Trump holds vaccine summit, refuses to concede election
Meanwhile, as Biden was speaking, President Donald Trump held his own vaccine summit. He invited no one from Pfizer and Moderna, nor did he invite President-elect Biden.
“Well, we’re gonna have to see who the next administration is because we won and swing states and there was terrible things that went on. So we’re gonna have to see who the next administration is,” Trump said. “But whichever the next administration is, will really benefit by what we’ve been able to do with this incredible science.”
In new lawsuit, Texas contests election results in Georgia, Wisconsin, Michigan, Pennsylvania
Texas Attorney General Ken Paxton is suing four battleground states – Georgia, Michigan, Pennsylvania and Wisconsin – whose election results handed the White House to President-elect Joe Biden. In the suit, he claims that pandemic-era changes to election procedures in those states violated federal law, and asks the U.S. Supreme Court to block the states from voting in the Electoral College. The last-minute bid, which legal experts have already characterized as a longshot, comes alongside dozens of similar attempts by President Donald Trump and his political allies. The majority of those lawsuits have already failed.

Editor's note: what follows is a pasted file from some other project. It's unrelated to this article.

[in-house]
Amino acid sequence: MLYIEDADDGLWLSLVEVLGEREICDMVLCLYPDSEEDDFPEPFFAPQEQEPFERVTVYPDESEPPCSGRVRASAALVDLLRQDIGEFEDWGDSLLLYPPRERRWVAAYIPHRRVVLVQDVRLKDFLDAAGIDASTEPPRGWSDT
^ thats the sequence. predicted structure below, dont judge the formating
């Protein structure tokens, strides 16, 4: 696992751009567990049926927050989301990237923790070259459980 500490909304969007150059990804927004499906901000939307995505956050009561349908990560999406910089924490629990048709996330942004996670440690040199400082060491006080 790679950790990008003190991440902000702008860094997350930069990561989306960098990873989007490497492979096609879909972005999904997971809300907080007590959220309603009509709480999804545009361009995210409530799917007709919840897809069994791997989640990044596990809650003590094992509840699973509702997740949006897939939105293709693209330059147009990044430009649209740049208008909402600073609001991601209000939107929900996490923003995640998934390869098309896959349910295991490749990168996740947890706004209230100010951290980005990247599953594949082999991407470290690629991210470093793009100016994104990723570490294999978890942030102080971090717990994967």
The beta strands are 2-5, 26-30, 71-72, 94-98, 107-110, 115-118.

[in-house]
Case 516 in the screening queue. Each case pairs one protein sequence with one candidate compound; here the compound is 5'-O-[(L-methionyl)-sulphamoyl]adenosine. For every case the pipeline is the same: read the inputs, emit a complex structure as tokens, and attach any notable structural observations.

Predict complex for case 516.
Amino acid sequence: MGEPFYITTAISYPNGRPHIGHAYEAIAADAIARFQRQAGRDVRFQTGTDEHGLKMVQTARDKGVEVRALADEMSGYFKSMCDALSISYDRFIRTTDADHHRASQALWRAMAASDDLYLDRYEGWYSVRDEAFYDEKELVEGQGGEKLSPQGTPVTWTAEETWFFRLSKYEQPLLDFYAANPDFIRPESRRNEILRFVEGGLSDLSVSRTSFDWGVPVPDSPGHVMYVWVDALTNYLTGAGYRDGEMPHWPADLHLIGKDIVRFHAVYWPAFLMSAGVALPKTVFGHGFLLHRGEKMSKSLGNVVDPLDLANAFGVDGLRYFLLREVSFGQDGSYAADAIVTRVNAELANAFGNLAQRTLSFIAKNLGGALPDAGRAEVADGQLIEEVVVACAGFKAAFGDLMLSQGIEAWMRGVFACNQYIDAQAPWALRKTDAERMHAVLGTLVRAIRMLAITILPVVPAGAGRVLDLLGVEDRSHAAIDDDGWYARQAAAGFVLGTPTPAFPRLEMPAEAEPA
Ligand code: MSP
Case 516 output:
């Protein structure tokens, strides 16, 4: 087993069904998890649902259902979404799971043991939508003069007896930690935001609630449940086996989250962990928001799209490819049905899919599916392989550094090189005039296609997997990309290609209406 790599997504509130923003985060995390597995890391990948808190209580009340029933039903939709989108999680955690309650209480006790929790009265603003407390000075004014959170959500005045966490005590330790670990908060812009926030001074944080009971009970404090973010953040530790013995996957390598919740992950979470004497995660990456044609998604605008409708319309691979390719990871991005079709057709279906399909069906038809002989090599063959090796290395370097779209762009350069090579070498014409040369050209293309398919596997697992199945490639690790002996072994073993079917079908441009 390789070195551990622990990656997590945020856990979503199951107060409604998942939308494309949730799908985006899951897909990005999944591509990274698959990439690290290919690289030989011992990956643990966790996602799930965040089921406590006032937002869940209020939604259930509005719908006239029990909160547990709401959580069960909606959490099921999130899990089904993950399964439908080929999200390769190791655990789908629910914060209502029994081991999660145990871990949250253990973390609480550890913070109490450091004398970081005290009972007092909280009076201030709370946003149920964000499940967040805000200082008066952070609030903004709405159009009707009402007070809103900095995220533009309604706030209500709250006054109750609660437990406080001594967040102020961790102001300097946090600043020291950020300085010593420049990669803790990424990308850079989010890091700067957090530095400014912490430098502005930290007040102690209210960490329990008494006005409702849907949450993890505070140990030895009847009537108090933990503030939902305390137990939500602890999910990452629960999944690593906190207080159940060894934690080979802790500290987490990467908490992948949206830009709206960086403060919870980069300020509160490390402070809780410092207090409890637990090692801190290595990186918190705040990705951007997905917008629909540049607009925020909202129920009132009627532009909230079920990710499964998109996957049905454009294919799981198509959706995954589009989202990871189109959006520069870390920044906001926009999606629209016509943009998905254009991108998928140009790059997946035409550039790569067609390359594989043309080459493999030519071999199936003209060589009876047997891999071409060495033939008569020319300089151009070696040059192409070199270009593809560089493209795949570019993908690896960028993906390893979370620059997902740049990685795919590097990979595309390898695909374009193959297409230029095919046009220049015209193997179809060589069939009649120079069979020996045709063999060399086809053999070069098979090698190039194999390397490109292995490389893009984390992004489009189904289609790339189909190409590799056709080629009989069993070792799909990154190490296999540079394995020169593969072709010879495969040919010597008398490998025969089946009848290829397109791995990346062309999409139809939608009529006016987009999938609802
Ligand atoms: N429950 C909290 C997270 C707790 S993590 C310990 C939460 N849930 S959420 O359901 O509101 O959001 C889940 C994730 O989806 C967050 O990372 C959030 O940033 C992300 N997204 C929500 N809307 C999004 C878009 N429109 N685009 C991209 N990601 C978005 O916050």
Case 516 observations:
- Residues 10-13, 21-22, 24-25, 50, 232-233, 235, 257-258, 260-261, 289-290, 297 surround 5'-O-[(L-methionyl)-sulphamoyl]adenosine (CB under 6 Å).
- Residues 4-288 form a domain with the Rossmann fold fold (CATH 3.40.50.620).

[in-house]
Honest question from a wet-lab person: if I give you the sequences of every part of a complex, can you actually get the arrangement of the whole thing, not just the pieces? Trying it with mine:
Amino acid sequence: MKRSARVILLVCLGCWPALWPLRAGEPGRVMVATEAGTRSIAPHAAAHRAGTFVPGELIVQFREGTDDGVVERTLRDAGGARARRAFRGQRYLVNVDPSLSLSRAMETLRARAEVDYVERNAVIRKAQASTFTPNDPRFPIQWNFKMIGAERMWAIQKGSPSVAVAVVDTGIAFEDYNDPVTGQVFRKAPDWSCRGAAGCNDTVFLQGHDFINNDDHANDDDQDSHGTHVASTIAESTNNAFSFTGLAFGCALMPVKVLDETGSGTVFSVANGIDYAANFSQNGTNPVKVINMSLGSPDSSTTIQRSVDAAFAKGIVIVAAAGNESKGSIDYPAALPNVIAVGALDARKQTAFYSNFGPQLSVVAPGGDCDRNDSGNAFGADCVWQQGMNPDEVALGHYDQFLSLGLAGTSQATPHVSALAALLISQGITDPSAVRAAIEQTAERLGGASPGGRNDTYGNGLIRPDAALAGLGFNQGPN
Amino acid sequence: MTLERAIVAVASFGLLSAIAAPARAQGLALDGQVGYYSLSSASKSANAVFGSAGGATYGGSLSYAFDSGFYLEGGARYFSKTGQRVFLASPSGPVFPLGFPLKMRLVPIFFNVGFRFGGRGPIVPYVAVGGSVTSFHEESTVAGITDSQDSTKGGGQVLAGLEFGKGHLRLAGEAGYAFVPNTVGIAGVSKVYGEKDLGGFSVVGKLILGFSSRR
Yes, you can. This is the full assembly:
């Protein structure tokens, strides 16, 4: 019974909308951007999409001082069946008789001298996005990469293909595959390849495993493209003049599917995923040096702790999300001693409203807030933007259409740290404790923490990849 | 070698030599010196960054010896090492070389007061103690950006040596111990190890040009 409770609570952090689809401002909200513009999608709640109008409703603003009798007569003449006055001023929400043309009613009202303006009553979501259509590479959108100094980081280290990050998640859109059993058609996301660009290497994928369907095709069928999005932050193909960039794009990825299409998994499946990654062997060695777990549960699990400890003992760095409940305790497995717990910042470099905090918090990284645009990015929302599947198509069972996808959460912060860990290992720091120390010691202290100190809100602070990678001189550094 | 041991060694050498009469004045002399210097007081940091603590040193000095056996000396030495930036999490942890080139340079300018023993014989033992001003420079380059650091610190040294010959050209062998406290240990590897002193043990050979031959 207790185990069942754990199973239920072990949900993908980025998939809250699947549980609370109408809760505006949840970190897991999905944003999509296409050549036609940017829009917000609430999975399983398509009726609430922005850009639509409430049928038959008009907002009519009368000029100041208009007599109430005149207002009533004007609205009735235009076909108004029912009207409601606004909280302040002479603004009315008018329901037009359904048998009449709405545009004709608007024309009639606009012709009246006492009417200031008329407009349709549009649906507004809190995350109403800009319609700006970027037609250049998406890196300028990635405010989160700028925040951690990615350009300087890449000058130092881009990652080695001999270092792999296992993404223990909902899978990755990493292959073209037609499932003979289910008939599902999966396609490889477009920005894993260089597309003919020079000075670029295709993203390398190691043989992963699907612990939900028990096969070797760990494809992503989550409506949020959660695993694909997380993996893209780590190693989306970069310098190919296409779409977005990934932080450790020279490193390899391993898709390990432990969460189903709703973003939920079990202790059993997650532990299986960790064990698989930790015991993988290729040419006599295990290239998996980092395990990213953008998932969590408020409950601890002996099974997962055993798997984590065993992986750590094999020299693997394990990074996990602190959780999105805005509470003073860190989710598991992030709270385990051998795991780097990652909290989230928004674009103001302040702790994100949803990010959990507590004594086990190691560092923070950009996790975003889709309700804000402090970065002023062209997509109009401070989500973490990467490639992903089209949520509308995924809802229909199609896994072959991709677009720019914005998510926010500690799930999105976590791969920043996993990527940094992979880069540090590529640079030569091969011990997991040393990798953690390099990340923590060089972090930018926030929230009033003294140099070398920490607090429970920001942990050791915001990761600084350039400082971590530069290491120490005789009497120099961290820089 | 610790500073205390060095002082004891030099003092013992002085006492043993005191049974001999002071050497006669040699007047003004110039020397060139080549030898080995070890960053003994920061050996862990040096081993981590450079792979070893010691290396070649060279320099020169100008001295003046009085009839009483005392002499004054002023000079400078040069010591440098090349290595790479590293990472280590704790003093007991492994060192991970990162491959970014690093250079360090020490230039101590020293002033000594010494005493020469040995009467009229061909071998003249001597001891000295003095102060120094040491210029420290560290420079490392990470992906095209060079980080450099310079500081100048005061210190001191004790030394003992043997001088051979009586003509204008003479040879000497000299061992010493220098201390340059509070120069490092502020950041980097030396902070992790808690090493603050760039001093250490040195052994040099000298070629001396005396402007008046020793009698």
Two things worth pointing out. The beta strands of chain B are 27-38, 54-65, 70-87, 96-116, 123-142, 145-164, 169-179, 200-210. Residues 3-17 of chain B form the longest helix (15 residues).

Safe harbor day: What to know about law that locks Congress into accepting Joe Biden’s win
Other than Wisconsin, every state appears to have met a deadline in federal law that essentially means Congress has to accept the electoral votes that will be cast next week and sent to the Capitol for counting on Jan. 6. Those votes will elect Joe Biden as the country’s next president. It’s called a safe harbor provision because it’s a kind of insurance policy by which a state can lock in its electoral votes by finishing up certification of the results and any state court legal challenges by a congressionally imposed deadline, which this year is Tuesday.
“What federal law requires is that if a state has completed its post-election certification by Dec. 8, Congress is required to accept those results,” said Rebecca Green, an election law professor at the William & Mary law school in Williamsburg, Virginia.
Monday, Dec. 7
Georgia again certifies election results showing Joe Biden won